According to Nelson, SCADA/EMS users are following a trend that is taking place in the entire information technology industry. He said the network, or server, is becoming the computer. Companies are using smaller clients, or workstations such as PCs, and putting information on the network. Nelson believes Internet technology is going to play a key role in SCADA/EMS functionality. He said the strong link between SCADA/EMS and Open Access Same-Time Information System, which uses Internet technology, is driving the change. Web browsers such as Netscape Navigator and Microsoft`s Internet Explorer are expected to become important components of future SCADA systems.

Cook feels that one of the most important improvements seen in the SCADA/EMS market in the last five years is graphical user interface (GUI). GUI enables the operator to point and click on different icons and symbols and call up increasingly detailed information. The information is displayed on an easy-to-read display or map. Various-sized voltage lines are depicted in different colors; relays, switches and similar equipment are color coded; and blinking alarms call attention to unusual conditions. “Today`s GUI systems are a major improvement over systems of the past that showed one-color line diagrams on a screen,” said Cook.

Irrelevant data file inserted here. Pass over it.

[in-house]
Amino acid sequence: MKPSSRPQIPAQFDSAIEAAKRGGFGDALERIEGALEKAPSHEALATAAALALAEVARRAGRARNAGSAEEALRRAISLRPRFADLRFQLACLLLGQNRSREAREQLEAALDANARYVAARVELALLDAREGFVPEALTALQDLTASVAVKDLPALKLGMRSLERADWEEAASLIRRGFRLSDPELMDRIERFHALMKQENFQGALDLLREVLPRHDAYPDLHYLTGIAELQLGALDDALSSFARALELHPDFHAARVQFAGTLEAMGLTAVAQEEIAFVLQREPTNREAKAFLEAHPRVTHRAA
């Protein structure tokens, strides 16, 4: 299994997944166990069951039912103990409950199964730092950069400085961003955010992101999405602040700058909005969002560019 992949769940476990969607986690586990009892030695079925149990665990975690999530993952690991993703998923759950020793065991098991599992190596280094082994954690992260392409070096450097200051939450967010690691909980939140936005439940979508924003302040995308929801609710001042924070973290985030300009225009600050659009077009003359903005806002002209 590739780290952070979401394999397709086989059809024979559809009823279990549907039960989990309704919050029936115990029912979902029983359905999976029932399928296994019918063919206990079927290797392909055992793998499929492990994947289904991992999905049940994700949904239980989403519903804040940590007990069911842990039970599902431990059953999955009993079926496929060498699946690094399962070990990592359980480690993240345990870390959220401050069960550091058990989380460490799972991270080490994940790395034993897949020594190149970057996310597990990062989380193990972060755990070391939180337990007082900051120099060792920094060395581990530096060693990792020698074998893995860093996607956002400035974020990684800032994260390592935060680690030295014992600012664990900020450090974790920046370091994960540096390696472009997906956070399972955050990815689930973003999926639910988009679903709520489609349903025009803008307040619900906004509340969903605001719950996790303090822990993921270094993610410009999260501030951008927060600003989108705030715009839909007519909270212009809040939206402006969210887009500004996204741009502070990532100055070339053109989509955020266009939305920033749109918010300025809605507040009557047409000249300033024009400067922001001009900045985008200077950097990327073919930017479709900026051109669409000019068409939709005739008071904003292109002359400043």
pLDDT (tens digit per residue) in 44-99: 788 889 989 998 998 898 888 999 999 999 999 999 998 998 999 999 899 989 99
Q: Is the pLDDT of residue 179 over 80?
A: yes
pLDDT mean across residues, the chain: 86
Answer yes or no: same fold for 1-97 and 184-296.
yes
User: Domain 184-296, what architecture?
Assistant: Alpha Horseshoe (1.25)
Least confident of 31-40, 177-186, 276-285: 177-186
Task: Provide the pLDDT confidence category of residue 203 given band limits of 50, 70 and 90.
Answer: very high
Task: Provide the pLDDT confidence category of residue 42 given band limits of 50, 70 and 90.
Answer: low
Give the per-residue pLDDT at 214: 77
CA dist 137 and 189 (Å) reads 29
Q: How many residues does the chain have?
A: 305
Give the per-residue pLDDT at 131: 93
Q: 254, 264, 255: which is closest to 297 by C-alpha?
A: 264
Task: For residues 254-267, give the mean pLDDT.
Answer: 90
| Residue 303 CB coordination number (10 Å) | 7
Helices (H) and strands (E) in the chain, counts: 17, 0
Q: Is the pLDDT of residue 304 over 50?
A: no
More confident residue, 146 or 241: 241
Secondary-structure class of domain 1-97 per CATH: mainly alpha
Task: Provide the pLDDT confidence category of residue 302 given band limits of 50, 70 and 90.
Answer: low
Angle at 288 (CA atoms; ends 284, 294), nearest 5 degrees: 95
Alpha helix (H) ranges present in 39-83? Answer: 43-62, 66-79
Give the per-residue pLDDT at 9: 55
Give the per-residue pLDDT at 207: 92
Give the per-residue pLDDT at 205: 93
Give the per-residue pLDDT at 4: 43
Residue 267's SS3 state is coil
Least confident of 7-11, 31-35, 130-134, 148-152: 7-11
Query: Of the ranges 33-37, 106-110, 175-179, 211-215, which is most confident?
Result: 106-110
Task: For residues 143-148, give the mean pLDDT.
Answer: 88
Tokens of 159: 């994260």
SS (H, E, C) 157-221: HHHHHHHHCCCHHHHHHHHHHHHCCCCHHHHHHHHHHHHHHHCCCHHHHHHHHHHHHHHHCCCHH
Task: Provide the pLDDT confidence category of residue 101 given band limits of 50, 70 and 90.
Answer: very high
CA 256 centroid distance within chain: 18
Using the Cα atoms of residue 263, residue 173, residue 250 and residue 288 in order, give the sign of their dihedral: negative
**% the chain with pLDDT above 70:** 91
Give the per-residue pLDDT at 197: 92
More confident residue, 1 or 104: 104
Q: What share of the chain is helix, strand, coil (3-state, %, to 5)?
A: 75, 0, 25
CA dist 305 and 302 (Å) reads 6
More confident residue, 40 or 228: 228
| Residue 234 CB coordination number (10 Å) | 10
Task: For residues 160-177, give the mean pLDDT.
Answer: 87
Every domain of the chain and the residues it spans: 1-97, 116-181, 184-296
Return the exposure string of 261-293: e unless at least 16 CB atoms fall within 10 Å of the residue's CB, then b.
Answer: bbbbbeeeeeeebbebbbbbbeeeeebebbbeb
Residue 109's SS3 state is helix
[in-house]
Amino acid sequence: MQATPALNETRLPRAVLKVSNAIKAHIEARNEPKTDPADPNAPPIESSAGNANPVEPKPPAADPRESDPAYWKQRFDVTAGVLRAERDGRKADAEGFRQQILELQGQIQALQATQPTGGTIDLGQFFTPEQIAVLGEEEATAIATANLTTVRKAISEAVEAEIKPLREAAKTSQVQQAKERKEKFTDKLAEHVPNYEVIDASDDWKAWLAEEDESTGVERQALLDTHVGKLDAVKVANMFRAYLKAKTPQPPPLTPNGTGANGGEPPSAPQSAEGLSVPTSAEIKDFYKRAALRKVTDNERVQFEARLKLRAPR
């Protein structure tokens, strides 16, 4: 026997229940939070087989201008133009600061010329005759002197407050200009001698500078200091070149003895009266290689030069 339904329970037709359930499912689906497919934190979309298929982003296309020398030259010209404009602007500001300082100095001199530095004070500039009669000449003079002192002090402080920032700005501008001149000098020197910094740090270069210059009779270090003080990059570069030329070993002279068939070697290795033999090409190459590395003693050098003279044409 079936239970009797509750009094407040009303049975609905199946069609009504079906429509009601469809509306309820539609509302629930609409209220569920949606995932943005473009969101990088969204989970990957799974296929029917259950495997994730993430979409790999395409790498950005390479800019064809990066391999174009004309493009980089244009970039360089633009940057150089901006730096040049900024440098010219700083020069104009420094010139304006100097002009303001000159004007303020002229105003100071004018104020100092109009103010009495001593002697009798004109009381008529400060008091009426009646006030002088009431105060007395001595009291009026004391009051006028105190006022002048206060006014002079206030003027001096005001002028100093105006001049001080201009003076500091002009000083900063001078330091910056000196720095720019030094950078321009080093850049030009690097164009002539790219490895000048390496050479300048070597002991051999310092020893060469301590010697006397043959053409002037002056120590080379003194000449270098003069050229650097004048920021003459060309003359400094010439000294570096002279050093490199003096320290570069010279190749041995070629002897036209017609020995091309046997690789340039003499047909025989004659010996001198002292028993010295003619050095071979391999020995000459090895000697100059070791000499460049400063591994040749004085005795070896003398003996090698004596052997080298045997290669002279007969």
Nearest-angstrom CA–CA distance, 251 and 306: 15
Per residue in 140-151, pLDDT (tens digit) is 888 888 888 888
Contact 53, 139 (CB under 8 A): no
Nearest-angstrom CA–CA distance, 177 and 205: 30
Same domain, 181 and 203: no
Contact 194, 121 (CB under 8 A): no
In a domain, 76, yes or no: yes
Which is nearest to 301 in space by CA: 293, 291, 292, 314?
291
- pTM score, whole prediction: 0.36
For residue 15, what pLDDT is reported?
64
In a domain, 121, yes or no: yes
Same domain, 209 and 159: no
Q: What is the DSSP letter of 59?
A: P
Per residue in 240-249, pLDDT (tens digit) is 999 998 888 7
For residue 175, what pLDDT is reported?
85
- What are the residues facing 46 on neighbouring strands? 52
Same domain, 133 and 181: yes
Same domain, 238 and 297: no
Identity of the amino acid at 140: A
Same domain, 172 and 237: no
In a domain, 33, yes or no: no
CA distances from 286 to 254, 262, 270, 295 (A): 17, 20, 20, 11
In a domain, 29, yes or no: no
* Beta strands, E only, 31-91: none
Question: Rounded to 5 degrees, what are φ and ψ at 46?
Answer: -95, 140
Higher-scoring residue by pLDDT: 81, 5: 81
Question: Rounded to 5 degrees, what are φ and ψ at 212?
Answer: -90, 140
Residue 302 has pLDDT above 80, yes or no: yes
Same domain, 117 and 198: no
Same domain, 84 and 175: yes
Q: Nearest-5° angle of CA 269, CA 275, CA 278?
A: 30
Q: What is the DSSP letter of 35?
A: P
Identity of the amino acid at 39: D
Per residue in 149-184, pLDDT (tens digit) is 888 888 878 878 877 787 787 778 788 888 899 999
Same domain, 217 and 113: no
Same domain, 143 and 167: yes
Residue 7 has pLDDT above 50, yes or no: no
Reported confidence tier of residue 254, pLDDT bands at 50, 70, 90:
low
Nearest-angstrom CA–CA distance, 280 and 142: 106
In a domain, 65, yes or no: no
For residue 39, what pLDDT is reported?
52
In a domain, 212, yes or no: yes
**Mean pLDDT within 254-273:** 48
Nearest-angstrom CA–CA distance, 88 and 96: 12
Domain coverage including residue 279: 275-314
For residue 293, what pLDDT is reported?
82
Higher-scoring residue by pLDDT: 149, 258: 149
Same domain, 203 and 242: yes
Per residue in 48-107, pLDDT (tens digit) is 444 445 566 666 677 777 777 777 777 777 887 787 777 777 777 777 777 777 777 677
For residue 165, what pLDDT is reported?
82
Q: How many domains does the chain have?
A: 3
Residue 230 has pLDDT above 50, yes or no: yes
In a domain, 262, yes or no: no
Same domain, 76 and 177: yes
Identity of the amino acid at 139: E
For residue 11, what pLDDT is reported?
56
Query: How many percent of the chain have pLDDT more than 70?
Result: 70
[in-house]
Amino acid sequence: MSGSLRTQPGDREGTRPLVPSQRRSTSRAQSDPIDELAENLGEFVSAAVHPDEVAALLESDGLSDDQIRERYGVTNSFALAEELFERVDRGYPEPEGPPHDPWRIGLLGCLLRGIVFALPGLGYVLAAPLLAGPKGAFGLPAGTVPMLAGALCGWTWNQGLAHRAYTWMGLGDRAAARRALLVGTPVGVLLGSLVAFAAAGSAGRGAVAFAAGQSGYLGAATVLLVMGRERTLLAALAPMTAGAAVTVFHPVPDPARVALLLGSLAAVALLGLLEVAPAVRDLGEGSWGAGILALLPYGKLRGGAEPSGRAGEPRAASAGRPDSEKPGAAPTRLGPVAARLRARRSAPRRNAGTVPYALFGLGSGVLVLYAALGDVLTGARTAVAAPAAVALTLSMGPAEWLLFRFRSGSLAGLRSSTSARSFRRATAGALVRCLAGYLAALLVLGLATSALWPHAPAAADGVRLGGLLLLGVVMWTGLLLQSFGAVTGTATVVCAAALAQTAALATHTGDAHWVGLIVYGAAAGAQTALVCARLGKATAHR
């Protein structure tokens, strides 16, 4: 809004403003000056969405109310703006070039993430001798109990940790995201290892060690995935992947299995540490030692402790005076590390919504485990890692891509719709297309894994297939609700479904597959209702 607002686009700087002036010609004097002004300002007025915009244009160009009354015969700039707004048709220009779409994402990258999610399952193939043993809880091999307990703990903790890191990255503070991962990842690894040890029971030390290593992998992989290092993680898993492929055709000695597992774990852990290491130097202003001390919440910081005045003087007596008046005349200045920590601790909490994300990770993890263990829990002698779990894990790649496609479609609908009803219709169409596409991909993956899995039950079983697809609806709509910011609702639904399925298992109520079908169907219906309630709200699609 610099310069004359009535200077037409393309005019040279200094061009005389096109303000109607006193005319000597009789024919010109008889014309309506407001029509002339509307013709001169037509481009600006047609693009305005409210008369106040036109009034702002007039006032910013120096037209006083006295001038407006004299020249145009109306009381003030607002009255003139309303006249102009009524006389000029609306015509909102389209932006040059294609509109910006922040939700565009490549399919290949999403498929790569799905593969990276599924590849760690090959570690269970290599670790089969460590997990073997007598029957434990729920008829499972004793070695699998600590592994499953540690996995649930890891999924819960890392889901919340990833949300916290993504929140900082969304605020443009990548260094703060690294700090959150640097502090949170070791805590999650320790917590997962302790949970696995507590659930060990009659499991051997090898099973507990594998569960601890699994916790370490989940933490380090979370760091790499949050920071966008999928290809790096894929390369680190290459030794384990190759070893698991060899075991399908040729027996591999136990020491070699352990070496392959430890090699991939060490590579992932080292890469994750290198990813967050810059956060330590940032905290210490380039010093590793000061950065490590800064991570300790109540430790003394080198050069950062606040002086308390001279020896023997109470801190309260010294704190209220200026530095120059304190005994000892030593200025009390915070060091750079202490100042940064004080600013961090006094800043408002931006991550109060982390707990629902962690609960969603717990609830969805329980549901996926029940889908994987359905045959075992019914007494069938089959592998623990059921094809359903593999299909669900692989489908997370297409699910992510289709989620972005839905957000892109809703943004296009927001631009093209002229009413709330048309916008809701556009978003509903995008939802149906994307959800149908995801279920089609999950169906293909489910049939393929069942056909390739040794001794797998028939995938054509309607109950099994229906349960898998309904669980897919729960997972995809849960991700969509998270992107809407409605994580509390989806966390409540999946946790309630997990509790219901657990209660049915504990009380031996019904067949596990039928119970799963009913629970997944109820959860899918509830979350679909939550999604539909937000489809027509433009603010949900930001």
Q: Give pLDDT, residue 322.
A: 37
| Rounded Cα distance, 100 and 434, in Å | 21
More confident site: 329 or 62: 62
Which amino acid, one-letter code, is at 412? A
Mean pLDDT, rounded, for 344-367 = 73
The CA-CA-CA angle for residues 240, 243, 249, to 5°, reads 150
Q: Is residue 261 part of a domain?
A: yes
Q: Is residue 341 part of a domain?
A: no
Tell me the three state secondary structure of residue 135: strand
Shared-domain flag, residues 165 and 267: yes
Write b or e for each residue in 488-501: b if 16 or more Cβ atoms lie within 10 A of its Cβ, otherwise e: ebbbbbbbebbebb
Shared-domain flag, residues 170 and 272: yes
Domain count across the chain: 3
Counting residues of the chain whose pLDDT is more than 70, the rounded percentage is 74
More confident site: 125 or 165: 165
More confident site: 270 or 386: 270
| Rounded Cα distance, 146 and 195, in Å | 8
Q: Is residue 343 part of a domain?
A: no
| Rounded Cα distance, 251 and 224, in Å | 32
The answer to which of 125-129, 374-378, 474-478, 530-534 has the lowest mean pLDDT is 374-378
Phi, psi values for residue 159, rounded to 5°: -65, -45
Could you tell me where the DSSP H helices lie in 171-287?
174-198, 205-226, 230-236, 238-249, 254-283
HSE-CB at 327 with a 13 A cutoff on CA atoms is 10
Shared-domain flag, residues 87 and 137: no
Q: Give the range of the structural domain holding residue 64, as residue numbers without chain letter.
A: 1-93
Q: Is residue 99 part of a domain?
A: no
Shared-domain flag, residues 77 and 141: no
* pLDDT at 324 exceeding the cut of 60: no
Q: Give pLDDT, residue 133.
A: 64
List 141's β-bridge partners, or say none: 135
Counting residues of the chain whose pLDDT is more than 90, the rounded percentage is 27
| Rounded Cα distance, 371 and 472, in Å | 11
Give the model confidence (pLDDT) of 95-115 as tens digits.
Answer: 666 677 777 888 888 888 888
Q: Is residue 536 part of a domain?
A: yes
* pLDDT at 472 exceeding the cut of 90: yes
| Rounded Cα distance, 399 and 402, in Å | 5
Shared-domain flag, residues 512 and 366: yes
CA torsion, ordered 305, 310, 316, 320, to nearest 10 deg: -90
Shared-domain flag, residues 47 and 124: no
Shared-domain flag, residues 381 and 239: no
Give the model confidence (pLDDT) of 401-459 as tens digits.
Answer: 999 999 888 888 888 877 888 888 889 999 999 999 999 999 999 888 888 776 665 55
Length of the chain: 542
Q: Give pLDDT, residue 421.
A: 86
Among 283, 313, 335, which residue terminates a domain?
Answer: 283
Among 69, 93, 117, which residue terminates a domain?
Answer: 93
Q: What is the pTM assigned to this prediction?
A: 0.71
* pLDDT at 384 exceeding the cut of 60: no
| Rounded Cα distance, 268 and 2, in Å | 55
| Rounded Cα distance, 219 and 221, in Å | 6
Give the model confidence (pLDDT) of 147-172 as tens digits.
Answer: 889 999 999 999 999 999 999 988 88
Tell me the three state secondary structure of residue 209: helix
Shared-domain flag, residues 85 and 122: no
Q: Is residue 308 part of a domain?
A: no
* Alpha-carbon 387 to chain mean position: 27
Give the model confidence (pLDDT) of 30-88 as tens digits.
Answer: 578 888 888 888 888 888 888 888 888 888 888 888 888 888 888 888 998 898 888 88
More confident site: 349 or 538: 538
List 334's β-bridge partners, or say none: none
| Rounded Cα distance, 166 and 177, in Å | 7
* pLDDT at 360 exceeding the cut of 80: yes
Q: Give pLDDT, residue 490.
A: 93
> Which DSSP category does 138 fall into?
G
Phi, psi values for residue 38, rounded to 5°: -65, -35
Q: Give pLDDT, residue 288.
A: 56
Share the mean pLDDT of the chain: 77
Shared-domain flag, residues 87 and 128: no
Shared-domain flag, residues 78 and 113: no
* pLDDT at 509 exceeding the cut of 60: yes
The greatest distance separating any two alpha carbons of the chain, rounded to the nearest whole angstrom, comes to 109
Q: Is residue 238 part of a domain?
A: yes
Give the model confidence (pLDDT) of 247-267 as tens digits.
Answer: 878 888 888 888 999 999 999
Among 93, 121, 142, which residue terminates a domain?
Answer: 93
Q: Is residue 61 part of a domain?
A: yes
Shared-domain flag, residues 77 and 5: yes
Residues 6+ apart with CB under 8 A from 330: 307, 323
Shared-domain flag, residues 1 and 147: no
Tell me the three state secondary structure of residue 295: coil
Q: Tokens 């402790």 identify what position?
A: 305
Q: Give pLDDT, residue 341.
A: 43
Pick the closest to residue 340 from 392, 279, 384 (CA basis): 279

Although the money being spent by U.S. utilities on SCADA/EMS has declined, those familiar with the industry and technology are quick to point out that markets still exist. Just as the industry is changing and evolving, so are technologies that support the industry. As the industry is deregulated, SCADA/EMS will play a big role in providing utilities with the technology needed to be successful in a competitive environment.

Click here to enlarge image

One of the biggest improvements in SCADA/EMS technology has been the use of graphical user interface. Maps with color-coded transmission lines and pull-down menus, like the one pictured here, have made SCADA/EMS operation much easier.

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The Clarion Energy Content Team is made up of editors from various publications, including POWERGRID International, Power Engineering, Renewable Energy World, Hydro Review, Smart Energy International, and Power Engineering International. Contact the content lead for this publication at